A: People who do crossword puzzles every day may take an average of two hours to complete them. Then they enter a crossword competition. And when pitched against the clock, they complete a crossword of exactly the same level of difficulty in no more than 30 minutes. So yes, it's true: deadlines, like the prospect of being hanged, do concentrate the mind wonderfully. They deter you from drift, from making another cup of coffee, from cleaning out the goldfish bowl and from waves of doubt about everything you've thought of so far. You arrive at a solution you'd have arrived at anyway - but a great deal more quickly. All this is more or less understood and agreed.
But deadlines attached to creative briefs have another and even more valuable function. When you know you've got to solve a problem - and you know you've got to solve it by tomorrow lunchtime - your mind gets taken over. It's invaded, occupied, preoccupied. Not necessarily at a conscious level, but from then on absolutely everything you observe is checked out as a possible solution to the problem that's squatting in your head - restless and ravenous and screaming to be fed. Absolutely everything you see or hear is scanned and assessed as a potential solution. And the burning knowledge of the deadline keeps it all alive.
In the course of his life, David Ogilvy would have observed many men in black eye-patches and thought little of them. But in 1950-something, he was obsessively concerned to find a shorthand visual symbol for sophisticated, discriminating, cosmopolitan man; and the chance sighting of a man wearing an eye-patch was like a light going on. And so The Man in the Hathaway Shirt was invented: according to one version of the story, actually on the way to the client presentation.
It wasn't the first bath that Archimedes had taken. But he'd only just been given a client brief and a tight deadline. His client, a tyrant by the name of Hiero, had been presented with an elaborate crown and wanted to know if it was made of pure gold. But they couldn't determine its purity until they knew both its weight, which was easy, and also its volume - which wasn't. Archimedes was given a couple of days to crack it before the brief was to be opened up for wider review. Immediately, the urgent need to find a way of measuring the volume of a complicated solid took possession of his mind.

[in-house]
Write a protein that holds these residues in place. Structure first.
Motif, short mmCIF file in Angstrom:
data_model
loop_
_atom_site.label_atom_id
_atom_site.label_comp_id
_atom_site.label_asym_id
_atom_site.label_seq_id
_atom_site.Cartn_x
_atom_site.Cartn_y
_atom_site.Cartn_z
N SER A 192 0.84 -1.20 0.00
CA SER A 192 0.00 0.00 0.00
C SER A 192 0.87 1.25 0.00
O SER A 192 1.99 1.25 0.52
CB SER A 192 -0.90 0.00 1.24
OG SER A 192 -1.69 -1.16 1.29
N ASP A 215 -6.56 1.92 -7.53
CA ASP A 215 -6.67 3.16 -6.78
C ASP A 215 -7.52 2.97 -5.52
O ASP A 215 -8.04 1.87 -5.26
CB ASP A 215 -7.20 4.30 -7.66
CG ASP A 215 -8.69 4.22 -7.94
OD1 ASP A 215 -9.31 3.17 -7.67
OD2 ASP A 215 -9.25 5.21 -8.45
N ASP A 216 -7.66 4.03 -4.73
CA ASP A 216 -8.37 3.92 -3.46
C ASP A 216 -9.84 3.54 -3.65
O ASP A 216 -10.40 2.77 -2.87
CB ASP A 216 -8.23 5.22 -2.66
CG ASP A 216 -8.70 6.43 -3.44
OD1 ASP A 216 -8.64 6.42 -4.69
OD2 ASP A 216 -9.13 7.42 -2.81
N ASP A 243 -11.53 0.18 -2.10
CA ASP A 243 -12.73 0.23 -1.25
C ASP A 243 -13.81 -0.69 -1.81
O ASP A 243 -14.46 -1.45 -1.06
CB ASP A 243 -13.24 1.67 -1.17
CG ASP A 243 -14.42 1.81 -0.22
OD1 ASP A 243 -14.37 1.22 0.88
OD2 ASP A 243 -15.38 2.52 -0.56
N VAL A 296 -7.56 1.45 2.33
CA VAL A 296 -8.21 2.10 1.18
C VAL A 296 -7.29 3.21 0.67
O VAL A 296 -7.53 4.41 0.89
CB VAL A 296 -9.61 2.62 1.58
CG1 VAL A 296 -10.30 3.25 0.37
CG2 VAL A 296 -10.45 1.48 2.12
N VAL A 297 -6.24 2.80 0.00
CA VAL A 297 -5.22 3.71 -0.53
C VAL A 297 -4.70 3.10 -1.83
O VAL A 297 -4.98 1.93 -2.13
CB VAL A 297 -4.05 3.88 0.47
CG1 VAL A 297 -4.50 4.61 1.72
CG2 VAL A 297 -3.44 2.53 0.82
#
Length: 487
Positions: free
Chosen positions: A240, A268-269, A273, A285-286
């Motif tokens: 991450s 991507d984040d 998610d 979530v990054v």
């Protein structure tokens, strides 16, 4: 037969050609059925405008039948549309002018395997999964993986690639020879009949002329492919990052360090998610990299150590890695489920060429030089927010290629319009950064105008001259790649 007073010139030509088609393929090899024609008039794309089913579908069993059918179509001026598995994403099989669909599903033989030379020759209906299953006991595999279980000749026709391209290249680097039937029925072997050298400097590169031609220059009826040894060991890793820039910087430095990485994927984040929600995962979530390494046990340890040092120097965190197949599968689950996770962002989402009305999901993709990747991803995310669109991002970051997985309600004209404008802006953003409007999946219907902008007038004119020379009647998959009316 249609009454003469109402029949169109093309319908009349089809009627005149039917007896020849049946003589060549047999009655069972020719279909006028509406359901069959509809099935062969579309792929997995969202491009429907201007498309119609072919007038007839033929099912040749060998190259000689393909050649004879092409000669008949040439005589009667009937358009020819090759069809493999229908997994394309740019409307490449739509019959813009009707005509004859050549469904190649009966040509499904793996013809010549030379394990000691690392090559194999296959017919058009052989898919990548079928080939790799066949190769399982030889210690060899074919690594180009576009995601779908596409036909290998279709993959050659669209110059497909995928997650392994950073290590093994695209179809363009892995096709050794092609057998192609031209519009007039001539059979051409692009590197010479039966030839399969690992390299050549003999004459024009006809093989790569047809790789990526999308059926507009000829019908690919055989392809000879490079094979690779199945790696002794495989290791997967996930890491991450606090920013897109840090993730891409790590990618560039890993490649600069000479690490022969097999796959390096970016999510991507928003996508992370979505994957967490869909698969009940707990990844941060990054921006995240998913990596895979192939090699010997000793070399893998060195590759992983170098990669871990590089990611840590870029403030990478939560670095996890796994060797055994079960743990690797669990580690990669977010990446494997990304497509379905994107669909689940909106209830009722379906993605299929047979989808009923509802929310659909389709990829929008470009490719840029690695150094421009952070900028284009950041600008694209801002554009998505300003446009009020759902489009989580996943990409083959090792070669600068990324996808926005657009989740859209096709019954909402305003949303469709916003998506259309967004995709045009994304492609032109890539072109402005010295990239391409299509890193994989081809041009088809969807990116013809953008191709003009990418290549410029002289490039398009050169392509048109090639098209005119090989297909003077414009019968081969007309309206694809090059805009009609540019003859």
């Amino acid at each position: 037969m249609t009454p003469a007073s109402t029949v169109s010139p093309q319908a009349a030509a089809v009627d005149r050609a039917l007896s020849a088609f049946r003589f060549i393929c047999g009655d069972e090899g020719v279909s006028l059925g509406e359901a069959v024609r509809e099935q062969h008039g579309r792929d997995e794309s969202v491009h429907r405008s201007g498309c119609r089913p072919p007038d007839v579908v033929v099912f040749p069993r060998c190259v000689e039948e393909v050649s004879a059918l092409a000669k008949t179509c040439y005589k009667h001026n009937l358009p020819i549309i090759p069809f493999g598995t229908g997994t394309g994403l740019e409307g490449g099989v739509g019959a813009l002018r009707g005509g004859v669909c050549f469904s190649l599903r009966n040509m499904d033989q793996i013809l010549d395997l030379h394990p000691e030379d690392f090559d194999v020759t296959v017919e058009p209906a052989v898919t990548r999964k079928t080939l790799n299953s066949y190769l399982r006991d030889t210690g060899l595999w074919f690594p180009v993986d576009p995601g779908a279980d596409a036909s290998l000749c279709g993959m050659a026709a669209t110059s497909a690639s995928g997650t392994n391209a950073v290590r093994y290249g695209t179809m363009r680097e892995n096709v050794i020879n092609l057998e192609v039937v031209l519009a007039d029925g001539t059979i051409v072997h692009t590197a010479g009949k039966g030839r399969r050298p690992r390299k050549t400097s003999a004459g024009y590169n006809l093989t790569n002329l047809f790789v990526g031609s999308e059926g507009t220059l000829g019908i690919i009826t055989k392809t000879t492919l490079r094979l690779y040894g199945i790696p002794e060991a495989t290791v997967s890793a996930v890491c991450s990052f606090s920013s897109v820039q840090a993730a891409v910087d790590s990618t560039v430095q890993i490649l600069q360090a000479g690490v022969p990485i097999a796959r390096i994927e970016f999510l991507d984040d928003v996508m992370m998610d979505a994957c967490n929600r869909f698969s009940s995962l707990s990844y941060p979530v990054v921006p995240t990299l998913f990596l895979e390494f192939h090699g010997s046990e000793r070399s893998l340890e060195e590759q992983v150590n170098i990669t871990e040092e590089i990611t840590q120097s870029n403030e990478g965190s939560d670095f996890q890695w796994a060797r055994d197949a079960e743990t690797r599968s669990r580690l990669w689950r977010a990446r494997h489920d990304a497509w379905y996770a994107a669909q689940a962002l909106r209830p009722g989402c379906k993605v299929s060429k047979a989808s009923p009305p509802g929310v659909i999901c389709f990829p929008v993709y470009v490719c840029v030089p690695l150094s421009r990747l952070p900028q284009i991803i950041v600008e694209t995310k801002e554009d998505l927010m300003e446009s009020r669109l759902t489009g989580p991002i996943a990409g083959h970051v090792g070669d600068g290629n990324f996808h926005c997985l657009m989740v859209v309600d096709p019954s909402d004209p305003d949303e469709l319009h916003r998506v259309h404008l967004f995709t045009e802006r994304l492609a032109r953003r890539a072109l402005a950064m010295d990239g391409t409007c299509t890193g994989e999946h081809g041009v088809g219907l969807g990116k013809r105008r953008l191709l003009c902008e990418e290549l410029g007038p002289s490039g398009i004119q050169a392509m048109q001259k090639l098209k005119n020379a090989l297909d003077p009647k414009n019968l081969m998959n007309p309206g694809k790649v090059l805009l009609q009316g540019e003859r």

From then on, absolutely everything he saw or heard was scanned and assessed as a potential answer. So when he sank himself into his bath and the water level rose - as indeed it had done over the years whenever he'd taken a bath - on this preoccupied occasion it took on a new significance. The light went on. "I, too," Archimedes thought "am a complicated solid!" And "Eureka!" he cried, having just that second discovered displacement.
And that, I'm pretty sure, is what Dave Trott meant. I hope so, anyway.
Q: One of my clients went to the same holiday hotel as us this summer. They have children the same age as ours and when I spotted them my natural instinct was to meet up. However, my partner was very reluctant to do this and demanded that we change hotels, which we did with great difficulty and at additional cost. Do you think it would be fair for me to put in an expense claim for this?
A: Suppose you'd arrived at your holiday location to learn that this client had already arrived but was staying at a different hotel. With or without the agreement of your partner, you might well have decided - whatever the difficulty and expense - to move your family from your hotel to his.
That's what attentive agency suits are expected to do. And on your return, you might well have believed that the extra costs incurred could quite legitimately be reclaimed on the basis of client retention: surely it's the hallmark of the true agency person to nourish client relationships even when on holiday?
So wouldn't it seem a little perverse to claim for doing the opposite? Surely, in the long and glorious history of agency expenses, this would be the first time that anyone had been handsomely compensated for deliberately ignoring an important client.
As it happens, I think that you were wrong and your partner right. And I don't suppose your clients would have been exactly thrilled to find you at the next table, either. But don't expect your company to pay you for calculated client avoidance.
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This article was first published on Campaign